We have a new podcast for you! It is available here, and also right below this post on the front page! That is one fact that is irrefutably fun!
Now on to today's second fun fact. And this is actually something I mentioned to Matthew while we were recording the podcast, in case you've listened, are listening, or plan to listen later on. The Seattle Mariners, to date, have not drawn a lot of walks. To be specific, they've drawn 12 walks, and they've played eight games, so that's no good. Their walk rate is the second-lowest in baseball and the lowest in the American League by a fair margin. They didn't draw a single walk on Thursday. They didn't draw a single walk on Wednesday. Their strikeout-to-walk ratio is well over four.
What that suggests is that the Mariners are in trouble, because the Mariners don't have real disciplined hitters. That might still be true, but there's something else that needs to be taken into consideration. To proceed, we need to put our faith in the plate-discipline statistics available at FanGraphs. People quibble with these sometimes, but they're the best we've got since there wasn't any PITCHfx data for the Mariners' first two games of the season. That's also 25 percent of the season.
According to those plate-discipline statistics, the Mariners' rate of swings at pitches out of the strike zone is the fourth-lowest in baseball. Their rate of swings at pitches in the strike zone is roughly average. Looking at walks and strikeouts suggests that the M's have been hacking. Looking at the more granular stuff suggests that they haven't, at all.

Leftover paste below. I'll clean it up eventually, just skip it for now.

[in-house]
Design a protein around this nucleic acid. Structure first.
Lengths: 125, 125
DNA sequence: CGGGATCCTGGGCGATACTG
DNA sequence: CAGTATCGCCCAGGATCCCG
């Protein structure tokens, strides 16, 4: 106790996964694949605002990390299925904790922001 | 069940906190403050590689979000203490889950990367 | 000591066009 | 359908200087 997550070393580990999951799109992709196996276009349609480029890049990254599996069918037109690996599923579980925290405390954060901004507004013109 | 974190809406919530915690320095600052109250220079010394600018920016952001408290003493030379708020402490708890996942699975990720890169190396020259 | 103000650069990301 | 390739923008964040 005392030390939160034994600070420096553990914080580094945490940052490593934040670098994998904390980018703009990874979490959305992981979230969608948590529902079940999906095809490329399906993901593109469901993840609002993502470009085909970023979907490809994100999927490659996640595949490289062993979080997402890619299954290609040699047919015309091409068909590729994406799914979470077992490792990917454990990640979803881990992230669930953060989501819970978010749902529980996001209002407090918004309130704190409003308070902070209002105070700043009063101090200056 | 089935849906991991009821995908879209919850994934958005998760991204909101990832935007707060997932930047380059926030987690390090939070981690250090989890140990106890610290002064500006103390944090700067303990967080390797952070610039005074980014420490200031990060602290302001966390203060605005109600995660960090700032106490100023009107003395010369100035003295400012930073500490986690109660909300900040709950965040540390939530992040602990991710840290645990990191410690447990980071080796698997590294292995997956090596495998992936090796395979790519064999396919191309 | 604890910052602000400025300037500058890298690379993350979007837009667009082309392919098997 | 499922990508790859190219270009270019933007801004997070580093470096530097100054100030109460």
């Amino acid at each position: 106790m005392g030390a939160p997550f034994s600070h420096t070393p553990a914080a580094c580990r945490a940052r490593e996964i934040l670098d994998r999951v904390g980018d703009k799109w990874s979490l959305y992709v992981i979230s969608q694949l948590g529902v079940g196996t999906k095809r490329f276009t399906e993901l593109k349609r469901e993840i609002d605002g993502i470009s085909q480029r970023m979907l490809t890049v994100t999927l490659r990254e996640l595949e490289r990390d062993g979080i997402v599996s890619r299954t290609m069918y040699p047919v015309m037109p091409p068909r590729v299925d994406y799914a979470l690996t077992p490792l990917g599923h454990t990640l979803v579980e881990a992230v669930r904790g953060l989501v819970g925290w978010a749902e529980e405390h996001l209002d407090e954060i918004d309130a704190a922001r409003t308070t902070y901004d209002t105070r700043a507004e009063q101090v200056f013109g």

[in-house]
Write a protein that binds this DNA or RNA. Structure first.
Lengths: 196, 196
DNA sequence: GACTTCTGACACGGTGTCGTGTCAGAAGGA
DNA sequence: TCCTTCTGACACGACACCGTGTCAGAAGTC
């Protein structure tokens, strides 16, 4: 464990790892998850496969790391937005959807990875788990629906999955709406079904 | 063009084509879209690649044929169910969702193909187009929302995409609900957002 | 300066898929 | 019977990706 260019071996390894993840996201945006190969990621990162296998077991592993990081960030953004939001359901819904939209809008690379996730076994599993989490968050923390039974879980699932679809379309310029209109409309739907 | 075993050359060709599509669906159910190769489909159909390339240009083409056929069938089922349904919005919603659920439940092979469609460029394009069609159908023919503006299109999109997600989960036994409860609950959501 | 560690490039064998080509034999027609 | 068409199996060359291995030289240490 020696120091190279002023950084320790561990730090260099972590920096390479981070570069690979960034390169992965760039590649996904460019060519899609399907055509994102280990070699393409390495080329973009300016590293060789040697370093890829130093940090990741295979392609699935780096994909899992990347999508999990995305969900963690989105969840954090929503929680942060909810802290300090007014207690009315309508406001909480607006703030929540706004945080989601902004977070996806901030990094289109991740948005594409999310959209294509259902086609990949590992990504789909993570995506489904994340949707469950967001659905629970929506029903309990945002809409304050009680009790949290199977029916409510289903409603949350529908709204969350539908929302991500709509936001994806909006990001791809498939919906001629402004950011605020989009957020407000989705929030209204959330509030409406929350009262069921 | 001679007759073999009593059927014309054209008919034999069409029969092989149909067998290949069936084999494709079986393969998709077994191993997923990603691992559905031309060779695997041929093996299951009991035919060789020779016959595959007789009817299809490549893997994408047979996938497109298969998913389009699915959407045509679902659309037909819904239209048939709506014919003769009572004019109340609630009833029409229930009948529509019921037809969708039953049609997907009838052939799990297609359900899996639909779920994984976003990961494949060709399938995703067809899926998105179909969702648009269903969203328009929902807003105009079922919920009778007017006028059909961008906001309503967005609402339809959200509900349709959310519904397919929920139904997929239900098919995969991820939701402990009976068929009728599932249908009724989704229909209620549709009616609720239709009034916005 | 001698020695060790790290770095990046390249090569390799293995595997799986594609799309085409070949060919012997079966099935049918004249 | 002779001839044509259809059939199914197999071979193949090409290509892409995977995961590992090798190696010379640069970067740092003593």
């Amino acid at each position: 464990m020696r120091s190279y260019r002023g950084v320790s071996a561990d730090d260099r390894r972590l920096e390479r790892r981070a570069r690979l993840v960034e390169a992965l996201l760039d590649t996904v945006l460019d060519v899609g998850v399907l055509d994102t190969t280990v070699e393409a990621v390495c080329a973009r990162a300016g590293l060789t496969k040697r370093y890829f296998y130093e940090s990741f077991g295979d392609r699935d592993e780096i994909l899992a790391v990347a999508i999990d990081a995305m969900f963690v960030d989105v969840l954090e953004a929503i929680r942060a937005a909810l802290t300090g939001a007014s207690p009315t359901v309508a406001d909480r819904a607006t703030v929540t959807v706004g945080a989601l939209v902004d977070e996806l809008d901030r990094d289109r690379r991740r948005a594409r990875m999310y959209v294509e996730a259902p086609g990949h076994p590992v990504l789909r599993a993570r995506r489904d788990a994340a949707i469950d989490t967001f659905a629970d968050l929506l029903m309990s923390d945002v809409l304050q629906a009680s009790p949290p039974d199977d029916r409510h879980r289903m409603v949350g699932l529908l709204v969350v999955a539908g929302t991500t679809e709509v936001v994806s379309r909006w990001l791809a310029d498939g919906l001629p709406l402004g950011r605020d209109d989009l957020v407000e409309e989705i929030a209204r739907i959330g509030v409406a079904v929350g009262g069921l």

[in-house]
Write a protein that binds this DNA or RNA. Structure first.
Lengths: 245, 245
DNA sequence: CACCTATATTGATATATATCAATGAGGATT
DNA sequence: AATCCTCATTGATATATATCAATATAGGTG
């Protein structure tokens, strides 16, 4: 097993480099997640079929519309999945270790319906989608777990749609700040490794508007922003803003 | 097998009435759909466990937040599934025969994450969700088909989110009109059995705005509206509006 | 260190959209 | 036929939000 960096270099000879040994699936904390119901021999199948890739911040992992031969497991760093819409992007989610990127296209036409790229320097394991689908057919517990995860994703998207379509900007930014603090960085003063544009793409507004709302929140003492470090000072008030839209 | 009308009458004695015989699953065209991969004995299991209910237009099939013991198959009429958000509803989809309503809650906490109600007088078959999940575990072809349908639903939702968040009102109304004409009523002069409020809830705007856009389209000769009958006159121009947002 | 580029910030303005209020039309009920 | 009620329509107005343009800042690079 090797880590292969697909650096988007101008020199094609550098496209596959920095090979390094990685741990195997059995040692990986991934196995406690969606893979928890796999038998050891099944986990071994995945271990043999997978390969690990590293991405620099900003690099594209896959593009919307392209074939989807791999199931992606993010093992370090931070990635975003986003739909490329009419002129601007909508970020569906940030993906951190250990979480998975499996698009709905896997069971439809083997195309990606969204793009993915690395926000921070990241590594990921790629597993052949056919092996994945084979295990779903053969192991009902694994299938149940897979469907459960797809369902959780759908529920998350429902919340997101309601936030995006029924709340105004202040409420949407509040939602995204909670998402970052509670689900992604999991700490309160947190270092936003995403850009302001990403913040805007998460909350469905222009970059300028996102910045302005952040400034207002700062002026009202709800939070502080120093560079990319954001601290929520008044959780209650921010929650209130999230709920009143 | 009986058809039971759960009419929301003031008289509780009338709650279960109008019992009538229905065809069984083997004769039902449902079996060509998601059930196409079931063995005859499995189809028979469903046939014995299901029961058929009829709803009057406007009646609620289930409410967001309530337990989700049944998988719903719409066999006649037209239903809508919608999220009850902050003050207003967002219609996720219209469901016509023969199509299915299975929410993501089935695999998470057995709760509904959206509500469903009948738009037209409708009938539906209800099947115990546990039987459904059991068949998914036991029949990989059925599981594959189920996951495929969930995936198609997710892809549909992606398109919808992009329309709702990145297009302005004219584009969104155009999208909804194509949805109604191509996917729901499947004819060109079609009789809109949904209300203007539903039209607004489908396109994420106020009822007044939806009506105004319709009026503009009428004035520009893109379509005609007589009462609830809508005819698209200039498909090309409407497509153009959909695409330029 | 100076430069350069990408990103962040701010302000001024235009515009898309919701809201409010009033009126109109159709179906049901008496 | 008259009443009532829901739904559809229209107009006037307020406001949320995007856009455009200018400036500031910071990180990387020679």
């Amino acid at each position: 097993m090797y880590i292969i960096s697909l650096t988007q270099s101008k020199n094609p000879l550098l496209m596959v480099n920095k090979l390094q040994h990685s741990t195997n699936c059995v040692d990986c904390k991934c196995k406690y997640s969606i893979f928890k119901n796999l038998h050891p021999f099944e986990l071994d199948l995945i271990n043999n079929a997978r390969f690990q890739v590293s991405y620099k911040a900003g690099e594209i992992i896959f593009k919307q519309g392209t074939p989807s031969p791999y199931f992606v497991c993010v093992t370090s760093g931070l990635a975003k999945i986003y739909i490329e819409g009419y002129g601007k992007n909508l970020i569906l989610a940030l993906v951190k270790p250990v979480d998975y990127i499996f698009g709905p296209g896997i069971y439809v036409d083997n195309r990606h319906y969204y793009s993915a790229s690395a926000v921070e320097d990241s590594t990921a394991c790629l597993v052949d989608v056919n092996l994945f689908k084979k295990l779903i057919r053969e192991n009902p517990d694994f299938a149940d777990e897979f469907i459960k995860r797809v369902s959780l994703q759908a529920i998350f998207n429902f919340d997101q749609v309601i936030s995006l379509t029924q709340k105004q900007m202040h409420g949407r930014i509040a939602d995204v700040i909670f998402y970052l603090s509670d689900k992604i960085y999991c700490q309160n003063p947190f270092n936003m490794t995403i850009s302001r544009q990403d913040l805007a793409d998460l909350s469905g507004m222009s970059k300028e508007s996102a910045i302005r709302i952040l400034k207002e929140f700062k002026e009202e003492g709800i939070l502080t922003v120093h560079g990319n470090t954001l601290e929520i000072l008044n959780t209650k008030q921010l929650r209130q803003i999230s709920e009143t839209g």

Here's the issue: the Mariners have seen the second-greatest rate of pitches in the strike zone in the league. On average, 47 percent of pitches so far have been in the zone. Against the Mariners, 55 percent of pitches have been in the zone. You want a team offense to be able to draw walks, but you can't just make walks happen if the pitchers are throwing strikes. I guess you could keep fouling pitches off until the pitcher screws up, but that's not a strategy. You can only work with what the pitchers are providing, and pitchers against the Mariners have simply not provided a lot of good walk opportunities.
We saw the Mariners take a disciplined approach against Yu Darvish. That was just a few days ago. Darvish was wild, and the Mariners kind of took advantage. Outside of that, they've seen a lot of strikes. There's not a lot you can do about walks under those conditions. It'd be nice if the Mariners would hit those strikes harder, but then that's a different issue.
We know that Miguel Olivo is an uncoachable hacker. That's never going to change. Jesus Montero is aggressive, and Ichiro has shown aggressive tendencies. But I wouldn't worry too much about the team walk rate just yet. The Mariners won't go on to lead the league, but they'll draw more walks when they're given a chance to draw more walks. Hitters can't control where the pitches are going. Hitters can only try to make the best of those pitches.